New humanities prize honors Cornell friendships

Jay Branegan ’72 and Joe Connolly ’72 had the kind of college friendship that doesn’t end at graduation. They were fraternity brothers, traveled Europe by Eurail one summer and lived together their senior year in college and again after college when they both worked in Chicago.

“We were good friends sophomore year, but best friends after that summer in Europe,” Branegan said. The relationship continued throughout their lives, with one flying off to visit the other in their newest city and the pair staying in touch through letters.

So, when Connolly died suddenly last June, Branegan knew he wanted to honor his friend in some way at Cornell. He worked with Connolly’s friends and family around the world to develop the Joseph E. Connolly ’72 Memorial Prizes, which will be awarded to students starting in the spring of 2022. The prizes support students who want to look at the intersection of religion, politics and society.

“I’m convinced that Joe’s enduring interest in politics and religion led him years later to become, as he put it, ‘the only Irish Catholic in the world lecturing about Quranic banking,’ ” said Branegan, adding that Connolly majored in government and history and wrote his thesis on the role of conservative Christians in U.S. politics. “Because the role of religion in our politics and society has become more apparent — and more controversial — in the years since he wrote his thesis, I thought it would be great to have a prize at Cornell in his memory to encourage undergrads to study it.”

Although Connolly went on to earn an MBA from Harvard Business School and have a career in banking and international business, Branegan said Connolly continued to remain curious about everything from politics to religion to language to history. He was a voracious reader who spent the last 20 years of his life teaching in London, Paris, Egypt and the U.S.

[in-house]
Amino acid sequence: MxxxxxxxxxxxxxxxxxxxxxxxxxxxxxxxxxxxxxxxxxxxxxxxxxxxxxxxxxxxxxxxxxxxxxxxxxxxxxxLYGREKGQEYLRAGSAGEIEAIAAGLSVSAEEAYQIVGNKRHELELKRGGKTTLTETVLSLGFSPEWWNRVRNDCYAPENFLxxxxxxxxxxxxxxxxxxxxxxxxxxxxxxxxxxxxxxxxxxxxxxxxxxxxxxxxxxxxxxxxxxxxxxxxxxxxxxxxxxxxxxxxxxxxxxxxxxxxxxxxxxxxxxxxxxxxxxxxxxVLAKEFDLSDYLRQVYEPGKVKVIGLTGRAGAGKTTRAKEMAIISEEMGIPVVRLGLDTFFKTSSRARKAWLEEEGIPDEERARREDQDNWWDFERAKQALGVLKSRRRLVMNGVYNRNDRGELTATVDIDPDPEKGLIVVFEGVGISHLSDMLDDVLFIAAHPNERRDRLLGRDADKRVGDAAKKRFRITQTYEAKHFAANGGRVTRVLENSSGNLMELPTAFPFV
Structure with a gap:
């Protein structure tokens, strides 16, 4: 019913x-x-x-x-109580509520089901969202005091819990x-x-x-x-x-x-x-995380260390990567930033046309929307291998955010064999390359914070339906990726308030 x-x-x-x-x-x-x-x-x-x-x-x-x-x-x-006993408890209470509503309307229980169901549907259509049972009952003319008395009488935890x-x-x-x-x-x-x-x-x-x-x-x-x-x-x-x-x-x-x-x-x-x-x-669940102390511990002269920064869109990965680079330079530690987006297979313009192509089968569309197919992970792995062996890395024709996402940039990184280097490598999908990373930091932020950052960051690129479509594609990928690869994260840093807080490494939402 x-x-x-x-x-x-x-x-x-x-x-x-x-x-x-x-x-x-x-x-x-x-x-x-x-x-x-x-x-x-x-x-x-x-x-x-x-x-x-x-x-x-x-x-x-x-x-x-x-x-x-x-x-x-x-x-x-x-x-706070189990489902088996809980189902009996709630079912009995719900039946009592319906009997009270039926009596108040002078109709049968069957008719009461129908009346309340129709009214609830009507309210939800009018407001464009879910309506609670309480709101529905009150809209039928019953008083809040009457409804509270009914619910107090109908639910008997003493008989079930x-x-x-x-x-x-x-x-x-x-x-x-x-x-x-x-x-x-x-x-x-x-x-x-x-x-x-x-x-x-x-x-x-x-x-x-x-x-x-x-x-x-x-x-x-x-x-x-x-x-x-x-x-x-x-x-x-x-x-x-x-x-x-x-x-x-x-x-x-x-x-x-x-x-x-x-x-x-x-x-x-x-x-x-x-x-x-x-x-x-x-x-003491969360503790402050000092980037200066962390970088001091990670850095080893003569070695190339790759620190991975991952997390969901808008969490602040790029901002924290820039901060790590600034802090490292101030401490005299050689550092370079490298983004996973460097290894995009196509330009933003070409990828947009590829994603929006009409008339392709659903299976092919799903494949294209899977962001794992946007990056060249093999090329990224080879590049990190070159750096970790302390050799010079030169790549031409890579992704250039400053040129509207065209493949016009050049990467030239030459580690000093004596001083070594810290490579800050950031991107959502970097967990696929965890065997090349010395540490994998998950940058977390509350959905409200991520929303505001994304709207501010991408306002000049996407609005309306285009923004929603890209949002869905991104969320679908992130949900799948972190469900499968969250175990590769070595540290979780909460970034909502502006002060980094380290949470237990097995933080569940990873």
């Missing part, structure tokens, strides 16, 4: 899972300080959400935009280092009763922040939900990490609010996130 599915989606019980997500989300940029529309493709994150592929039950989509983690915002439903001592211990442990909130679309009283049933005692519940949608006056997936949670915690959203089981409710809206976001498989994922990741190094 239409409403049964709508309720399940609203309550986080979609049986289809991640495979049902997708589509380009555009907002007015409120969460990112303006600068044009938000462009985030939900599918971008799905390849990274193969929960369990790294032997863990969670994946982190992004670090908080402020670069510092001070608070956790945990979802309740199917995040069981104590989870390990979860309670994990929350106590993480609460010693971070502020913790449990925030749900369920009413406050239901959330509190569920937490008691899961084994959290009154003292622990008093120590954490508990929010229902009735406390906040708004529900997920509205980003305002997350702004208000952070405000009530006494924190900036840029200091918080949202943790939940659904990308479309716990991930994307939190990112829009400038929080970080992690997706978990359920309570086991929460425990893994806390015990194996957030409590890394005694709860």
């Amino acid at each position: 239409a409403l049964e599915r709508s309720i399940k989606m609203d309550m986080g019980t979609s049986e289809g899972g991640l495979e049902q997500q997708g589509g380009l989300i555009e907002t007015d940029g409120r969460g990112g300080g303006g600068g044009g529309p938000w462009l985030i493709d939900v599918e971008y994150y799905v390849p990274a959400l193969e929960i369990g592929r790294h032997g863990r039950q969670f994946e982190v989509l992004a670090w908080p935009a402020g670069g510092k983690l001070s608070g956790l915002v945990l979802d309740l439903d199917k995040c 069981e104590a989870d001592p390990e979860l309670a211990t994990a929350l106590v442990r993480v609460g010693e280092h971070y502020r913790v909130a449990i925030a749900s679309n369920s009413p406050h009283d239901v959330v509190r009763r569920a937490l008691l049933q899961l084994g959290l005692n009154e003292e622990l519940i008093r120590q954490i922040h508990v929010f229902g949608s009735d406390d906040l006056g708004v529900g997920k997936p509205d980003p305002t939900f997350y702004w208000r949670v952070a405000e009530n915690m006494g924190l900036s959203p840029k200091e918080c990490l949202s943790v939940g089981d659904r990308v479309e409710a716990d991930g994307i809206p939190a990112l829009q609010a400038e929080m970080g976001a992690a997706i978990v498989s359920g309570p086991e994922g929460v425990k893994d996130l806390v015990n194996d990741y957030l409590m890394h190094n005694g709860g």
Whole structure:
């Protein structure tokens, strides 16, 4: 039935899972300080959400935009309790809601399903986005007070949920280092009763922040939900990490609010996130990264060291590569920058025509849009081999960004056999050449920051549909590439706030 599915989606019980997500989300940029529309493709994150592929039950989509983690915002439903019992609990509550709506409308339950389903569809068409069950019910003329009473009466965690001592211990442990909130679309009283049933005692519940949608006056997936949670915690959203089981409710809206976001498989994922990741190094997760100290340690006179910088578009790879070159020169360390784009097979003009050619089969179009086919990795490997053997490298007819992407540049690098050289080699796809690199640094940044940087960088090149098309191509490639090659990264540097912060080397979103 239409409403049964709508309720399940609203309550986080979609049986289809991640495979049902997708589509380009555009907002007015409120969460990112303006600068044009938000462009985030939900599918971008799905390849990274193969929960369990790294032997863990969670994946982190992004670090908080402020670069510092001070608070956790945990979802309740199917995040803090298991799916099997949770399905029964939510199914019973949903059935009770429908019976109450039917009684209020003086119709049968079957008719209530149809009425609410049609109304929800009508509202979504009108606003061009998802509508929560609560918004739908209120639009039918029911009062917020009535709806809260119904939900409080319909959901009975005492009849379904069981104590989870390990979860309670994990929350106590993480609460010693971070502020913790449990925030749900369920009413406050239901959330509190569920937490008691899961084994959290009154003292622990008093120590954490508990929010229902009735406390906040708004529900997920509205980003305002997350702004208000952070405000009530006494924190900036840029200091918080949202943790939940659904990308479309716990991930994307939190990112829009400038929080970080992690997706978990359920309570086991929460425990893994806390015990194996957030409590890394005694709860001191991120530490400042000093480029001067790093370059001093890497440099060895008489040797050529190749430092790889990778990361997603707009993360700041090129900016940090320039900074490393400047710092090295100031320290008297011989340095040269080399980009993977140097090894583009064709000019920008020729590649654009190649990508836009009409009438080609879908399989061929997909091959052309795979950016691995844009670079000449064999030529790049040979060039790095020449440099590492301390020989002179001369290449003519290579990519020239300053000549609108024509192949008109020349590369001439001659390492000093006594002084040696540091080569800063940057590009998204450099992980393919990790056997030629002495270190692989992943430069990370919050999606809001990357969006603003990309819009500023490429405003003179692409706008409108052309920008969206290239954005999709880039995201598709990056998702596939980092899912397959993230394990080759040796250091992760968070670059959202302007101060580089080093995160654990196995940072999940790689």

Connolly was also on the advisory board of Scholar Rescue, which supports scholars whose lives and work are threatened in their home countries; was a trustee and director of the board of the Association of MBA Schools; and was a commissioner within the Middle States Commission on Higher Education.

“He was a very smart guy who made friends wherever he went,” said Branegan, who had a globe-trotting career as a journalist himself. “Many have written or called with stories and anecdotes about Joe, reminders of what a special individual he was.” Contributions to the prizes have come from Connolly’s friends, associates and his family, including his 10 nieces and nephews.

“He was the kind of uncle who would give the kids a list of words they had to learn over the summer, then quiz them about using them in a sentence,” said Judy Dinneen, Connolly’s sister. “And they would actually do it for him because he was their beloved uncle.”

All of his nieces and nephews say they learned “so much about so much” from their uncle.

“Joe had such a thirst for living, learning and teaching,” she said. “Known as ‘Oncle Joe’ (oncle is French for uncle) to his nieces and nephews, as well as numerous friends, his love of family and generous spirit was always evident. The tributes our family have received span the globe, Joe truly touched so many hearts and minds. One family friend summed it up, ‘Joe was an interesting man, with brains to burn, full of fun, energy, and life.’ “

The prizes, which will be administered by Cornell’s Society for the Humanities, support imaginative, wide-ranging undergraduate research in the humanities relating to religion, religious beliefs and religious practices in the broadest sense. Two prizes of $500 each will be awarded for essays by students at the freshman, sophomore or junior levels. Two prizes of $1,500 each will be awarded to seniors for a senior honors thesis or capstone project related to these themes. Undergraduates from all colleges will be eligible to apply and applications will be due in April of 2022.

To contribute to the Connolly prize fund, contact Staci Kirkland of the College’s Alumni Affairs and Development office at

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		Joe Connolly ’72, left and Jay Branegan ’72, right